Eight days with Eight Blokes

In September 2015 I joined a bunch of top birders on a trip to Fair Isle. There were eight of them and me.

‘I cannot think of anything worse’ is what my daughter said.

Needless to say, I had a fabulous time and so, I believe, did they!

Below is a selection of photos from the trip.

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Overnight ferry to ShetlandDSCF0505

My flight onto Fair Isle was a day later than the rest of the team. I spent a very comfortable night with  Rebecca Nason at her B&B in down town Lerwick. Rebecca is an extraordinary photographer and naturalist. I loved her house, brimming with fine things including a delightful collection of bird bones and bills!

Sumburgh, Shetland

Sumburgh Head

Fair Isle, Church of Scotland

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View of Sheep Rock from Bu Ness

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Heligoland trap

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Bu Ness, whale tale.

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Hunting for petrified fish having dipped on the Thick Billed Warbler found at Quendale the evening before. This rarity pulled all the local birders and  left an audience of may be 4, plus the 8 of us for the Shetland bird club talk that 2 of our team were due give.

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The bird of the trip was Yellow-browed Warbler. On 21 September 53 birds were seen and 12 were ringed. These birds, weighing just 5g, are likely to have travelled from the Urals, 3-3.5,000 miles away, to winter in Britain.

Fair Isle’s roads are lined with Angelica, a kind of wild celery. Their flowers are host to numerous insects that Yellow-browed warbler’s find utterly irresistible after their long flight. The photo below was taken by Andy Mason.

Yellow-browed Warbler (1 of 26)

 

Extremadura ‘Phlog’

28 April to 2 May 2017

Early departure at 03:45 for a flight to Madrid from lovely Luton. Temperature on arrival a mere 3 degrees centigrade.  Extremadura boasts a wide variety of  habitat (Cork and Holm Oak forests (Dehesa), grass land, rivers, reservoirs, scrub, mountains) and low human population with the result that it supports a wealth of wild life.  Having some insider ‘birding gen’ certainly is critical for the hard-to-find species, but quite frankly,  it is amazing what a non-expert could spot along the quiet roads and byways without too much effort.  The land scape was sweeping and colourful with a back drop of the Sierra de Gredos mountains, snow capped and rising to 2,591 at Pico Almanzor.

We dropped bags at Villar de Plasencia, a maze of a village where we got quite disoriented. This became the norm in most of the villages we travelled through. The road map was hopelessly lacking in detail but made for some exciting driving on incredibly narrow and sometimes steep streets, watched by bemused residents.  We headed to Puerto de Tietar in Monfrague National Park and with patience were welcomed by a Spanish Imperial Eagle as well as Griffon Vultures, Black Kites and Egyptian Vultures.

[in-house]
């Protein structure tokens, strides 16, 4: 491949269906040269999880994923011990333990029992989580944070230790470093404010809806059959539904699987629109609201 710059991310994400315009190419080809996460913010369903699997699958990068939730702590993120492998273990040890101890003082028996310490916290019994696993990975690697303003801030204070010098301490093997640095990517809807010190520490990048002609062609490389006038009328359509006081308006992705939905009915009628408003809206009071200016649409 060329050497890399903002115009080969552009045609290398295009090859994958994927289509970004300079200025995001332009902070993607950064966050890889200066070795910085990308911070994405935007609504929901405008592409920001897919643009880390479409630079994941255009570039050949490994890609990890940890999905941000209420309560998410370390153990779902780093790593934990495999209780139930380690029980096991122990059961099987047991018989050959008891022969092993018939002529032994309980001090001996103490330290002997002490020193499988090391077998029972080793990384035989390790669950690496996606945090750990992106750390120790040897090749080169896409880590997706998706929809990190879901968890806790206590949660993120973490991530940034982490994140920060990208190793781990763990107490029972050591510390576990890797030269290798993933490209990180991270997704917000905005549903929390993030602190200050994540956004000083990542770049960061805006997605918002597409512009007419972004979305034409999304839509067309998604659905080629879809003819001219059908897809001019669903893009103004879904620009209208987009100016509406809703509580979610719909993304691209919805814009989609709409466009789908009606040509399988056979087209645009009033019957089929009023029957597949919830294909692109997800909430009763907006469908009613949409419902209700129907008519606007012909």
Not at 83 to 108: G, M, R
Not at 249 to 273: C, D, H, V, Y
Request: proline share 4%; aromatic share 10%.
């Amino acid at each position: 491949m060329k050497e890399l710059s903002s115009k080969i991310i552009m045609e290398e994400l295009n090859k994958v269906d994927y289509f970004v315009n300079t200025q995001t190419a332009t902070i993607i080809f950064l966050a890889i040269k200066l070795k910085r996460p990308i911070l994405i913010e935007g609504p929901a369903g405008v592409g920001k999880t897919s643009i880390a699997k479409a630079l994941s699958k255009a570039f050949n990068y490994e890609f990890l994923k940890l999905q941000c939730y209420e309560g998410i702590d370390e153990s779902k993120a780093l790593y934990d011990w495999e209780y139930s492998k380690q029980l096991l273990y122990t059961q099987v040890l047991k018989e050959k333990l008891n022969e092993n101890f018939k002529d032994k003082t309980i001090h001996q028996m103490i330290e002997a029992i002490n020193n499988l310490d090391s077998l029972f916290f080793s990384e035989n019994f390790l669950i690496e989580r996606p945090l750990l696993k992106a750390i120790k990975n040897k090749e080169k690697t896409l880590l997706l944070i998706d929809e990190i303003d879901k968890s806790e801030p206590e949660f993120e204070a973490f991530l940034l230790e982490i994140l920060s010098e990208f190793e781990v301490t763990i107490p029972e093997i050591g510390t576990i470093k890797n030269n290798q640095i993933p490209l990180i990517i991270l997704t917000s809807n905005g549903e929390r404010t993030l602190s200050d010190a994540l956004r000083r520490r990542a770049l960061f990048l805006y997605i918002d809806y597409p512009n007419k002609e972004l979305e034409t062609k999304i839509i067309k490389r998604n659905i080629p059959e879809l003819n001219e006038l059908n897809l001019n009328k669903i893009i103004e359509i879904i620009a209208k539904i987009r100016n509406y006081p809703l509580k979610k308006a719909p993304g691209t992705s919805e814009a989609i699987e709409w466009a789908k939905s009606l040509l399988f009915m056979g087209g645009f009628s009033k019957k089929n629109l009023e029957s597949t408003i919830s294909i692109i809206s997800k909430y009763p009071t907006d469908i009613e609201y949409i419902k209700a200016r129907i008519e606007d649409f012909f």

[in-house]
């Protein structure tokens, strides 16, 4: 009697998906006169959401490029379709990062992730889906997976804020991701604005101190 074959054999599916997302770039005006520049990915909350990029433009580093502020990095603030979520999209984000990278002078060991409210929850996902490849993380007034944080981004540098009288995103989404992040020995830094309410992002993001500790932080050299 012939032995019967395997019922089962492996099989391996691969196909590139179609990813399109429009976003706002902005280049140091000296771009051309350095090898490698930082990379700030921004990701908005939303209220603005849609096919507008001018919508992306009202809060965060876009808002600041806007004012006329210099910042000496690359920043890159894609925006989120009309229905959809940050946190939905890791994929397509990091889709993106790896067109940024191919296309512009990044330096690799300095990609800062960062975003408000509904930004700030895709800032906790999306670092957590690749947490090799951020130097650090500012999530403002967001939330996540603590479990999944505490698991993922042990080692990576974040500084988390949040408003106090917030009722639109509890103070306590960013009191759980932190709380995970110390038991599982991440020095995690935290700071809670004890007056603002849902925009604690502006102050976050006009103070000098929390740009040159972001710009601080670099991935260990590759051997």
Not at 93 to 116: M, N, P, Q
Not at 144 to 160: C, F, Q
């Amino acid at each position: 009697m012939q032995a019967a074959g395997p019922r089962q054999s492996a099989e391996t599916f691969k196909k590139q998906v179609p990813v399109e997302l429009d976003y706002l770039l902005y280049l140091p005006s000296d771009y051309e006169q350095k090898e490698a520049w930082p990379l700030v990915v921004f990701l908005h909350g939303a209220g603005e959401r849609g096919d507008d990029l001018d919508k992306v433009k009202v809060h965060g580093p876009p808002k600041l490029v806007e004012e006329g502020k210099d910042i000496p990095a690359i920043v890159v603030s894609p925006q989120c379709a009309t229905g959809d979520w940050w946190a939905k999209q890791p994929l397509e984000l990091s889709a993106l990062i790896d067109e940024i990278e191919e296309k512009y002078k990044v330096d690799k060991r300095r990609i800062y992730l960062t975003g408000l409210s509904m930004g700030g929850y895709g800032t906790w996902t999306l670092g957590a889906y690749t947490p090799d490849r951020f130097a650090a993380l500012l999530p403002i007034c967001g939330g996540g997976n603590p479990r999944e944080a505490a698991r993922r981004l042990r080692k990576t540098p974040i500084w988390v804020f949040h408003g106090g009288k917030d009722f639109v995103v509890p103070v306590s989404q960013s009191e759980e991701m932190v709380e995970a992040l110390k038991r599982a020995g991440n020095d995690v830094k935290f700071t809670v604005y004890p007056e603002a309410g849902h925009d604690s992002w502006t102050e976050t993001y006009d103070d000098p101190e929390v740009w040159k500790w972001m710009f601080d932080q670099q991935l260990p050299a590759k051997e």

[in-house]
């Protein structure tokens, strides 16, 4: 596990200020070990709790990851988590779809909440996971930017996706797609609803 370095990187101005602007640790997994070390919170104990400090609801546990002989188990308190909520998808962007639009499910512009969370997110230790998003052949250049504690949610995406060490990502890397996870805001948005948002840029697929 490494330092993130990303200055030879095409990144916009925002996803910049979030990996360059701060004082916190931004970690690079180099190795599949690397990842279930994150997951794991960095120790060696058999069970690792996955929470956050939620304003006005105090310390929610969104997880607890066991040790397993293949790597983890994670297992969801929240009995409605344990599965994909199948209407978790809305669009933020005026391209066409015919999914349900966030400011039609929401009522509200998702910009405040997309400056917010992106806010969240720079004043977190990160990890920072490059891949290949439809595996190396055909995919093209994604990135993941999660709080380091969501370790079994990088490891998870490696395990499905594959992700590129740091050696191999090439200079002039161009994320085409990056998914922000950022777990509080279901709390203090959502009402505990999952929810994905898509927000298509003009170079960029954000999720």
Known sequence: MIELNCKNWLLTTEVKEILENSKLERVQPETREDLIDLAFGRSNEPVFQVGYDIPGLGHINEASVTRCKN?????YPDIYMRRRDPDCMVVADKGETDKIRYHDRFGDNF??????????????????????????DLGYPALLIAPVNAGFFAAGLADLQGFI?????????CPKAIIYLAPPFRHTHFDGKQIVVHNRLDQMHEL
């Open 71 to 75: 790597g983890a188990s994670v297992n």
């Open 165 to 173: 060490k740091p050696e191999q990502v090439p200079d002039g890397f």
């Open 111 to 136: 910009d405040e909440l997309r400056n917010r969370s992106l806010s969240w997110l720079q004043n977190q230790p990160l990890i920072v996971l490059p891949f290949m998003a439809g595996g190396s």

The following morning the weather was poor. We explored the Embalse de Arrocampo-Almaraz where there are a number of hides, ideal to escape the worst of the rain. These however proved a mixed blessing – one had a door that would not open, one had a door that once opened, would not close, forcing us to sit in a howling gale. The last had no seating, so it was impossible to see out of the hatches. Fortunately the weather cleared and hiding no longer a necessity. We saw, black shouldered kite, little bittern, swamp hen and purple heron, Spoon Bill, amongst much else.

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Purple Heron, Swallows, Sand Martins and Swifts

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White Stork

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Cattle Egrets and Black Winged Stilts

We drove to Salto del Gitano and the Monfrague Castillo in the heart of the National Park. The sun now high in the sky, Griffon, Black Vultures and Black Kites cruised, drying their wings after the rain. Also a wonderful sighting of Black Storks, far less prevalent elsewhere than their white counterpart.

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Griffons

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Black Stork

We climbed the steps up to the castle and then up the tower. We followed the path down to the river. The walk made me realise that our planned hike up Breche de Roland later in the summer, was going to be more of a challenged than previously reckoned, cancer treatment through the winter having knocked me back.